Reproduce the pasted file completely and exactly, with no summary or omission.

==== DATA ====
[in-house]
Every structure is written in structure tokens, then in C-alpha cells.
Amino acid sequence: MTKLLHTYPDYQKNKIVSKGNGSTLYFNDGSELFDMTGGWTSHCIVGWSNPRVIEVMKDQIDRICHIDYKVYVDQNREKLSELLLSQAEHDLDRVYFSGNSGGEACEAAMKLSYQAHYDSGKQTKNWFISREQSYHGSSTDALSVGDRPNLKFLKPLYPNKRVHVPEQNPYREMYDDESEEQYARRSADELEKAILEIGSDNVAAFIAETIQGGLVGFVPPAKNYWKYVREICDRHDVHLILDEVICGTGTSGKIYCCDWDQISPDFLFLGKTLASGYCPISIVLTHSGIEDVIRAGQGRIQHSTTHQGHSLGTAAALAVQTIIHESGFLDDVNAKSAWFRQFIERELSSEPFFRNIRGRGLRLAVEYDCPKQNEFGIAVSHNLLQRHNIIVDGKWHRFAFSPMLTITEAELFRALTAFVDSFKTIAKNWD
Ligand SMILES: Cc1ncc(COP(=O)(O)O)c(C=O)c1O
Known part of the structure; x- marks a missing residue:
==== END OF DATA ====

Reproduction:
[in-house]
Every structure is written in structure tokens, then in C-alpha cells.
Amino acid sequence: MTKLLHTYPDYQKNKIVSKGNGSTLYFNDGSELFDMTGGWTSHCIVGWSNPRVIEVMKDQIDRICHIDYKVYVDQNREKLSELLLSQAEHDLDRVYFSGNSGGEACEAAMKLSYQAHYDSGKQTKNWFISREQSYHGSSTDALSVGDRPNLKFLKPLYPNKRVHVPEQNPYREMYDDESEEQYARRSADELEKAILEIGSDNVAAFIAETIQGGLVGFVPPAKNYWKYVREICDRHDVHLILDEVICGTGTSGKIYCCDWDQISPDFLFLGKTLASGYCPISIVLTHSGIEDVIRAGQGRIQHSTTHQGHSLGTAAALAVQTIIHESGFLDDVNAKSAWFRQFIERELSSEPFFRNIRGRGLRLAVEYDCPKQNEFGIAVSHNLLQRHNIIVDGKWHRFAFSPMLTITEAELFRALTAFVDSFKTIAKNWD
Ligand SMILES: Cc1ncc(COP(=O)(O)O)c(C=O)c1O
Known part of the structure; x- marks a missing residue: